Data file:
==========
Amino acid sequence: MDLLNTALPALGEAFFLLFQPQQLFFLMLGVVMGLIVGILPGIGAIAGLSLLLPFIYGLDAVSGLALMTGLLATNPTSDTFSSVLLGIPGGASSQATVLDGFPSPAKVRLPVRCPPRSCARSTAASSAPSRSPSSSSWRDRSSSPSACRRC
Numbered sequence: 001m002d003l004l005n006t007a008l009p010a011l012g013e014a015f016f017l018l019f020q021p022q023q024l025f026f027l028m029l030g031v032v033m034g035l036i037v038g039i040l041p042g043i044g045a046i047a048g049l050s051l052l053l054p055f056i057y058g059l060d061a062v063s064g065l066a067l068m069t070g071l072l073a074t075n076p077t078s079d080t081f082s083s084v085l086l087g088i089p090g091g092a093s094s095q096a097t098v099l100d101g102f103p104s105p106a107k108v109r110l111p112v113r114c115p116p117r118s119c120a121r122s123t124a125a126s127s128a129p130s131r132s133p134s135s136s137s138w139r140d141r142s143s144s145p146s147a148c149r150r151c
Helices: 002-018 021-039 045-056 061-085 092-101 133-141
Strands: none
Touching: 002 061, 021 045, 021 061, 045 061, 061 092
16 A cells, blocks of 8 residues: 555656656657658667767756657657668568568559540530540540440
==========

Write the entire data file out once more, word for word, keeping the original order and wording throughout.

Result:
Amino acid sequence: MDLLNTALPALGEAFFLLFQPQQLFFLMLGVVMGLIVGILPGIGAIAGLSLLLPFIYGLDAVSGLALMTGLLATNPTSDTFSSVLLGIPGGASSQATVLDGFPSPAKVRLPVRCPPRSCARSTAASSAPSRSPSSSSWRDRSSSPSACRRC
Numbered sequence: 001m002d003l004l005n006t007a008l009p010a011l012g013e014a015f016f017l018l019f020q021p022q023q024l025f026f027l028m029l030g031v032v033m034g035l036i037v038g039i040l041p042g043i044g045a046i047a048g049l050s051l052l053l054p055f056i057y058g059l060d061a062v063s064g065l066a067l068m069t070g071l072l073a074t075n076p077t078s079d080t081f082s083s084v085l086l087g088i089p090g091g092a093s094s095q096a097t098v099l100d101g102f103p104s105p106a107k108v109r110l111p112v113r114c115p116p117r118s119c120a121r122s123t124a125a126s127s128a129p130s131r132s133p134s135s136s137s138w139r140d141r142s143s144s145p146s147a148c149r150r151c
Helices: 002-018 021-039 045-056 061-085 092-101 133-141
Strands: none
Touching: 002 061, 021 045, 021 061, 045 061, 061 092
16 A cells, blocks of 8 residues: 555656656657658667767756657657668568568559540530540540440